EFF Calls on Japan to Block Internet Censorship Proposal

While the controversy over Article 11 and 13 may be put on the backburner for now, Japan is apparently considering a similar proposal.

With Europe voting against article 11 and article 13, one might be tempted to believe that, outside of corporations doing their usual secretive lobbying, the censorship debate is basically on hiatus on the legislative front. Unfortunately, according to the Electronic Frontier Foundation (EFF), Japan is currently considering a similar proposal.

In response to yet another site blocking proposal on the basis of alleged infringement, the organization is saying that Japan should follow what Europe has done and reject the proposal. From the EFF:

In response to Japan’s proposal, EFF explained that website blocking is not effective at the stated goal of protecting artists and their work. First, it can be easily circumvented. Second, it ends up capturing a lot of lawful expression. Blocking an entire website does not distinguish between legal and illegal content, punishing both equally. Blocking and filtering by governments has frequently been found to violate national and international principles of free expression [pdf].

EFF also shared the research leading Internet engineers did in response to a potential U.S. law that would have enabled website blocking. They said that website blocking would lead to network errors and security problems.

According to numerous studies, the best answer to the problem of online infringement is providing easy, lawful alternatives. Doing this also has the benefit of not penalizing legitimate expression the way blocking does.

Quite simply, website blocking doesn’t work, violates the right to free expression, and breaks the Internet. Japan shouldn’t go down this path but look to proven alternatives.

One question might be, why are corporations trying to push for a similar proposal in another country? This has been a longstanding strategy for corporate interests. Years ago, Cory Doctorow called actions similar to this policy laundering. If one legislative body votes down your proposal, then you go to another legislative branch and demand the same thing. Once someone says yes, then you are able to effectively turn it into law. This was used to describe the Broadcast Flag when the United States congress voted it down. The corporations then went to WIPO (World Intellectual Property Organization) and demanded that the broadcast flag be made law around the world.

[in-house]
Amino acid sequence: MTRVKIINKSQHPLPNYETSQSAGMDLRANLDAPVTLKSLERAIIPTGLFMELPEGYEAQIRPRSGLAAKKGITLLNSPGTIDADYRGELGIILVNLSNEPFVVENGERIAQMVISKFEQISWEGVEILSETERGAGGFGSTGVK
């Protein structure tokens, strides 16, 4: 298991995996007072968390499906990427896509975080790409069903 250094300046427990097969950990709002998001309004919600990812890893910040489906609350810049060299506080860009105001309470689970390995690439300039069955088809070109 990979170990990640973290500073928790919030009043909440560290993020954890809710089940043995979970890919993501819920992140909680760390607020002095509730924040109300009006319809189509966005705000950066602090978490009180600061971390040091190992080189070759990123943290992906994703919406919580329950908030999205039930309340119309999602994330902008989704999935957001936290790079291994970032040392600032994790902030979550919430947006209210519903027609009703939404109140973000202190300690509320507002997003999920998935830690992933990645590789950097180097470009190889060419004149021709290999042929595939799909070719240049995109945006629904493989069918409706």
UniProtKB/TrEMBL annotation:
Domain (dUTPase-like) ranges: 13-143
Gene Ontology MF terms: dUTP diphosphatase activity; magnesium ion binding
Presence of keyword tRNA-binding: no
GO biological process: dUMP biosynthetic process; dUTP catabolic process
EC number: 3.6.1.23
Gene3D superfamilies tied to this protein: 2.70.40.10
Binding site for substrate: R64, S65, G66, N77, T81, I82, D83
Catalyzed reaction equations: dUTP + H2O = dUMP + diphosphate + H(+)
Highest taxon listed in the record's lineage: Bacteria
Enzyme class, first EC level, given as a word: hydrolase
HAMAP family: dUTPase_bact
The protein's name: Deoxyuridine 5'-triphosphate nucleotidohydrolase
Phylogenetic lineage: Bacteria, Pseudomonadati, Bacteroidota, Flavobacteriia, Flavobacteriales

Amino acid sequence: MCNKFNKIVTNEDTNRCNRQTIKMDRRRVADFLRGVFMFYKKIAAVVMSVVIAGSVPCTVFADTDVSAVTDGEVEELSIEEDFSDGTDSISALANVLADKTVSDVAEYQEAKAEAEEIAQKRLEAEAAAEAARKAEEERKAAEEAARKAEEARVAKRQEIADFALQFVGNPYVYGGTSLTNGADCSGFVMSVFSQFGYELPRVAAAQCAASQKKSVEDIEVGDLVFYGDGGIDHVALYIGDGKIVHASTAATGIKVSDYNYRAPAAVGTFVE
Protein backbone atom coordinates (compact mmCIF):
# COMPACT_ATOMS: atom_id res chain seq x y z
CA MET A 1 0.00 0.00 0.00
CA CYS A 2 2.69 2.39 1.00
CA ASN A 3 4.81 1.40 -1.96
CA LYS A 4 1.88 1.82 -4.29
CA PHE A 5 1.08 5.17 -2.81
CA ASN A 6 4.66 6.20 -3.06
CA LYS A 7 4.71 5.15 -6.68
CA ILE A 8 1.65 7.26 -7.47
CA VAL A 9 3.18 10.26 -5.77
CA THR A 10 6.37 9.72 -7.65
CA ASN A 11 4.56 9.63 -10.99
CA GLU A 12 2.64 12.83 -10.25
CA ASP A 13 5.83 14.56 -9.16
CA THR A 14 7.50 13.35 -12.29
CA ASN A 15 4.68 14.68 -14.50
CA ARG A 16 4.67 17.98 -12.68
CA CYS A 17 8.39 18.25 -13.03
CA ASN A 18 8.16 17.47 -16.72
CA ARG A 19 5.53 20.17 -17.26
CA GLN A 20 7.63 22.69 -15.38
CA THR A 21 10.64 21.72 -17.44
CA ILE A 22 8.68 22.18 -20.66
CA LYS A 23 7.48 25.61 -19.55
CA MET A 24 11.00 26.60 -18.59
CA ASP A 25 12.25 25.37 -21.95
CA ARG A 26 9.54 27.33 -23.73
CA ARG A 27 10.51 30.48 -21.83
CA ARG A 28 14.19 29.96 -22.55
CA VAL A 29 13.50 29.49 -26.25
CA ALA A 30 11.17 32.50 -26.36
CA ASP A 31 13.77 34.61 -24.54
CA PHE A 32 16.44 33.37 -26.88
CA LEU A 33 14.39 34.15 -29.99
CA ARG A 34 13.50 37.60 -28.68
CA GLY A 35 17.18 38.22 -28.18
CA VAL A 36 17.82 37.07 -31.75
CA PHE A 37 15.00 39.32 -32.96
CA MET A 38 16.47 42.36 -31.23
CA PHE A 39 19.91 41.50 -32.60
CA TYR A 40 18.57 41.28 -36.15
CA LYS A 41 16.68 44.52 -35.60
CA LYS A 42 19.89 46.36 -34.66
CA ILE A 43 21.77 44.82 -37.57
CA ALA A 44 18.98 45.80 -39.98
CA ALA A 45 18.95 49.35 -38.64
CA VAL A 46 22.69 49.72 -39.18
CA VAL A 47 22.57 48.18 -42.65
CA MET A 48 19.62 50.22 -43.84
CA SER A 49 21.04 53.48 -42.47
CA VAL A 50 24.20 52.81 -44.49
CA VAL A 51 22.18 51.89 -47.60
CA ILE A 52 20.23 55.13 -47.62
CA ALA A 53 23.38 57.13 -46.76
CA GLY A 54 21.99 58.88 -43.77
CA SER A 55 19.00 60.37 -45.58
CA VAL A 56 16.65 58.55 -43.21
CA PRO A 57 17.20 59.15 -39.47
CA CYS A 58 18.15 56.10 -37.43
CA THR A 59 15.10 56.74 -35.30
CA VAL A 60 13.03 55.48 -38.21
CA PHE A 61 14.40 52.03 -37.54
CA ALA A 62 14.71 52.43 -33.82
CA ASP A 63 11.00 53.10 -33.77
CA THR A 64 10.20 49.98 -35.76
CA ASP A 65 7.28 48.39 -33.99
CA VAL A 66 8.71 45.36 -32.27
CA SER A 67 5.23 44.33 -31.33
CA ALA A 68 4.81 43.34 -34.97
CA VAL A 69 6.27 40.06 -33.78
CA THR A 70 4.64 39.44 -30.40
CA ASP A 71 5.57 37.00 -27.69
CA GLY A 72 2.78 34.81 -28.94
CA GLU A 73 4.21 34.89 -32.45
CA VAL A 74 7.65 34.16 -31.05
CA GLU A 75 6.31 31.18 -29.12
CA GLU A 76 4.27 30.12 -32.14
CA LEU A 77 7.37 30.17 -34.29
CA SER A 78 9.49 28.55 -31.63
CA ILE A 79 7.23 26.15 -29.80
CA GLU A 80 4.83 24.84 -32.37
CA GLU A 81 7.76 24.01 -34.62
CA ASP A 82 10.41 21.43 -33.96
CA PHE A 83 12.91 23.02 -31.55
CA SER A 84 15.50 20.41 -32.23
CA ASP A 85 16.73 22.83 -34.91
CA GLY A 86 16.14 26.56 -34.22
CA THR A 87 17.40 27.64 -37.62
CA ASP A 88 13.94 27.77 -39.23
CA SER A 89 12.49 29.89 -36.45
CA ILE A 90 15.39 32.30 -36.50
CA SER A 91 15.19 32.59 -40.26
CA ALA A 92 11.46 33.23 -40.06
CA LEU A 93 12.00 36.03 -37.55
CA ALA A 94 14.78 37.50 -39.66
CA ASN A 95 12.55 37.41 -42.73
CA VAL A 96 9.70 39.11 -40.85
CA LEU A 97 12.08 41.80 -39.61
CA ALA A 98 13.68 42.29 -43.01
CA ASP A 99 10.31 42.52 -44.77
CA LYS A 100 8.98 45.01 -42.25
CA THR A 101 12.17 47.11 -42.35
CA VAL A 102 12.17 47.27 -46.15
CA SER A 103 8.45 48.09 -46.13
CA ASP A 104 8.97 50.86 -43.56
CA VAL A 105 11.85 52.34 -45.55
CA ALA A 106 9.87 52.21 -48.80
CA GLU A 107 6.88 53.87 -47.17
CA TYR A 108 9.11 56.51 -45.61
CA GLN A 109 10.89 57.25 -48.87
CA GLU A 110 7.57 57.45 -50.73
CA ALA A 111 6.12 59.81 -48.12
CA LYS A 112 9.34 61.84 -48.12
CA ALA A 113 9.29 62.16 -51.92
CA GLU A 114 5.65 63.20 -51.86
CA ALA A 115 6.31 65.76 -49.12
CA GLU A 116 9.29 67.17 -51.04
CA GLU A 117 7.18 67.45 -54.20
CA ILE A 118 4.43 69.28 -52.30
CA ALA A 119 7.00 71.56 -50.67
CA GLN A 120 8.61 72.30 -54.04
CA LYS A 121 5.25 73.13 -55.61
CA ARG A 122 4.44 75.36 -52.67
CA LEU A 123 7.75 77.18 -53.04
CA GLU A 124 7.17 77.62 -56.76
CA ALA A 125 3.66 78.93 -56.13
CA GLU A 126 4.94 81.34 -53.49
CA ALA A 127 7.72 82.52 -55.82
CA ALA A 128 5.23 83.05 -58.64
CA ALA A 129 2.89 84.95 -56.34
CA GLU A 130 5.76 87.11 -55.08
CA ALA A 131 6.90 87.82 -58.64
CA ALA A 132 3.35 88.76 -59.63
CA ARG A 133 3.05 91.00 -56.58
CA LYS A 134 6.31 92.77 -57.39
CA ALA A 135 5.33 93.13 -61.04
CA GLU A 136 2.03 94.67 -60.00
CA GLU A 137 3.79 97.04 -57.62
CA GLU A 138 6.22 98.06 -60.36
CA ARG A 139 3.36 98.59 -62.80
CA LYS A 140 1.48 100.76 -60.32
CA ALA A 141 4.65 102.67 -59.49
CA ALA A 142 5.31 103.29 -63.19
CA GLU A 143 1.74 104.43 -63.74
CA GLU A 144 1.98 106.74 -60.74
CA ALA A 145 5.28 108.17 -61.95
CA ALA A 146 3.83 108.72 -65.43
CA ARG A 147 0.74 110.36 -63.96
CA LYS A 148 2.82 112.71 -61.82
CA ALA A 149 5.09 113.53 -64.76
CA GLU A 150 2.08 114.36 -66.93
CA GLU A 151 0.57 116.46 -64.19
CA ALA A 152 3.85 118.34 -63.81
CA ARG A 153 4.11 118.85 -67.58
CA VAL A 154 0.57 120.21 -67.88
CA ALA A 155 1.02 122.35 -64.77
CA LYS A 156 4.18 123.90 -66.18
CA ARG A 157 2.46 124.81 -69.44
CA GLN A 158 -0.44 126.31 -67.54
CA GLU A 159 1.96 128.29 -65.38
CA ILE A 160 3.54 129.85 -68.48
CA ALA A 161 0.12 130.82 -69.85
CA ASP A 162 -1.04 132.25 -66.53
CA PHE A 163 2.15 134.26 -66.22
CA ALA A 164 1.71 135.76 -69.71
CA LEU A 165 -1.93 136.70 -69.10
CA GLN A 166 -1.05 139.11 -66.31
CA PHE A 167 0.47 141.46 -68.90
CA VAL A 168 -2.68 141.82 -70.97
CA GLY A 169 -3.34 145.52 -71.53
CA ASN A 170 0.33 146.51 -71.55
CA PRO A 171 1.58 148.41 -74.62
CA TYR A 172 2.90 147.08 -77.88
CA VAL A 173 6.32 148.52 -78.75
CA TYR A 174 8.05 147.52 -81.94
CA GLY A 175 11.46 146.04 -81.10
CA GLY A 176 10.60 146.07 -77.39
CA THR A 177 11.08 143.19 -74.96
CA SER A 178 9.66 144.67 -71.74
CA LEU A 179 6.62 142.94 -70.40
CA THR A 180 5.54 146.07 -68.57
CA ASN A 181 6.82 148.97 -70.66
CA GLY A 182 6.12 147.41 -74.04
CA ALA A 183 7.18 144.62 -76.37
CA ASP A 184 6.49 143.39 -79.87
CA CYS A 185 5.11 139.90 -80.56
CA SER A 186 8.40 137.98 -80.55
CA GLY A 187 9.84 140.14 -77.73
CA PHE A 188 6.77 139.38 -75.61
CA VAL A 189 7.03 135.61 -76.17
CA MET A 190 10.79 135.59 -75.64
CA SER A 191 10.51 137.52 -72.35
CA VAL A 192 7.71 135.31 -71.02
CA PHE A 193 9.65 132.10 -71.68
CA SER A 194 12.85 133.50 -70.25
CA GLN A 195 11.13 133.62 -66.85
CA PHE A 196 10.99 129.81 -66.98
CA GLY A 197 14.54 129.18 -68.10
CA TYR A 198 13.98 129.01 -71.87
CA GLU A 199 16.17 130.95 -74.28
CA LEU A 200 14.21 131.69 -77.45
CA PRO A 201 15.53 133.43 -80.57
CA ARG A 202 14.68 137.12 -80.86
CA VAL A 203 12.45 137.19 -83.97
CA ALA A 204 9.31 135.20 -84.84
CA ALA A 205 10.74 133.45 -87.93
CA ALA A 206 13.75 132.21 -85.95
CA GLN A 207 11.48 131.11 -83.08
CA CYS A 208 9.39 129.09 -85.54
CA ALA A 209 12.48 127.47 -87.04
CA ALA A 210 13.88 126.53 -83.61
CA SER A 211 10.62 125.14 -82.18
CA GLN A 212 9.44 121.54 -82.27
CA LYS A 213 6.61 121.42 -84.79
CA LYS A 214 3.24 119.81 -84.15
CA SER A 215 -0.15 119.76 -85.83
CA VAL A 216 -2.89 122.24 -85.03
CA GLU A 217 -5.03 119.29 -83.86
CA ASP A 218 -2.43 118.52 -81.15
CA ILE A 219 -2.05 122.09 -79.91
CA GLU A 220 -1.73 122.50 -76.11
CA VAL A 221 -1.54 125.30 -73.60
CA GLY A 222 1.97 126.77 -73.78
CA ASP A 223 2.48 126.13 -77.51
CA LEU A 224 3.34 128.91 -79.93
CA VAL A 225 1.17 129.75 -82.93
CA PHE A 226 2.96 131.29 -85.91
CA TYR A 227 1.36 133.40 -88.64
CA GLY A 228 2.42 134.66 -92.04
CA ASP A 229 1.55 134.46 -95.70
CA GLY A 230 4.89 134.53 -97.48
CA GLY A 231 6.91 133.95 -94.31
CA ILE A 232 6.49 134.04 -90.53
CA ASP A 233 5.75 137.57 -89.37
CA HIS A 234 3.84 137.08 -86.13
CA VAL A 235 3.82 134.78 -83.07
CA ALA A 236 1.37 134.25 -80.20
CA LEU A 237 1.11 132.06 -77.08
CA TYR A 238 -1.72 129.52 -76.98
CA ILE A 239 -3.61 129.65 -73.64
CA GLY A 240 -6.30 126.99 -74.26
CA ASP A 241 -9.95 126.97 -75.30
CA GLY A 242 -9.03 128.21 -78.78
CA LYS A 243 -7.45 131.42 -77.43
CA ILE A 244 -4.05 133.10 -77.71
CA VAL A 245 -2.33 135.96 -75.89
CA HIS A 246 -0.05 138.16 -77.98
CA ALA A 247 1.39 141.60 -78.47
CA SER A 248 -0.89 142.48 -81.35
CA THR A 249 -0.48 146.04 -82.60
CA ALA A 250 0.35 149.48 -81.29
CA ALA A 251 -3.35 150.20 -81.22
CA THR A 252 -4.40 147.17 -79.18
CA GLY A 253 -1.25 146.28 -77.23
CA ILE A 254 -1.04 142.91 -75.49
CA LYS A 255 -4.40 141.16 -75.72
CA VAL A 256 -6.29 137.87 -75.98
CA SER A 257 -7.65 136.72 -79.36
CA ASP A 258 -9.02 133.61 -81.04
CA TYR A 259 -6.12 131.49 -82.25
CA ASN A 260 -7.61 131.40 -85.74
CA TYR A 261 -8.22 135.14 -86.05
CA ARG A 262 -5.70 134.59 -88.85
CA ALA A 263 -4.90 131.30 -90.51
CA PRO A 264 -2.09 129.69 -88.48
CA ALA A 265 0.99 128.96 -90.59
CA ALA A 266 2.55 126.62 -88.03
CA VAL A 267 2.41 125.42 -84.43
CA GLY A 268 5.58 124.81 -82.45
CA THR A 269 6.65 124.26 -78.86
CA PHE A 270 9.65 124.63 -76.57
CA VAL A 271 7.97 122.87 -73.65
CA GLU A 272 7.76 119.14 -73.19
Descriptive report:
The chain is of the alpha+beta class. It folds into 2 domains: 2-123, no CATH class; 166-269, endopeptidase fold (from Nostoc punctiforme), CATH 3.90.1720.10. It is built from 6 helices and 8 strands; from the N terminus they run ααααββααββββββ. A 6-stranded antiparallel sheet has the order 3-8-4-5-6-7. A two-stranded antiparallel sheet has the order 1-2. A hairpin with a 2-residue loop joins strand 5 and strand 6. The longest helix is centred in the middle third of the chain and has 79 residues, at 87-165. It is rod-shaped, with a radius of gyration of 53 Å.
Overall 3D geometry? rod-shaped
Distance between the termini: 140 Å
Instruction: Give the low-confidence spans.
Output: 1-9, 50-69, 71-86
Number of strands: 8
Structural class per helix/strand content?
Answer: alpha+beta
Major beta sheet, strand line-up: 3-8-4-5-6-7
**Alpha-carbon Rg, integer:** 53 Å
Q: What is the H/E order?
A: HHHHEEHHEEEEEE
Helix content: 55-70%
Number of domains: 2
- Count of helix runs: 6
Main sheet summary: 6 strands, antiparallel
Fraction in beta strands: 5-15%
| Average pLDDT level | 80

What is the likely and well-established strategy for corporations on the International stage is to refer to their proposal as part of “an international standard”. The [target country] needs to implement our proposed law or be considered a country that is falling behind international norms.

One of the more severe examples of this is back in 2008. This was at the height of the three strikes law debate around the world. France, at the time, said Canada was considering their own three strikes law. They were using it as an argument that France should quickly pass their three strikes law or risk being left behind among other excuses. The problem was that Canada was not actually considering such a law at the time. In retrospect, the only possible conclusion as to why this was even said is that the suggestion about Canada was a fabrication.

If other countries are even considering laws like site blocking, that theoretically gives the corporations more credibility to push the laws onto other jurisdictions. That credibility is exacerbated when countries actually pass such a legislation. That’s because they are emboldened to call such a law “international norms” and that other countries should pass similar legislation regardless of how bad of an idea it is.

In light of all this, it is certainly understandable why the EFF is trying to stop other countries from adopting such laws in the first place. The more that can be done to make Internet censorship not an international norm, the better free speech is.

Drew Wilson on Twitter: @icecube85 and Google+.

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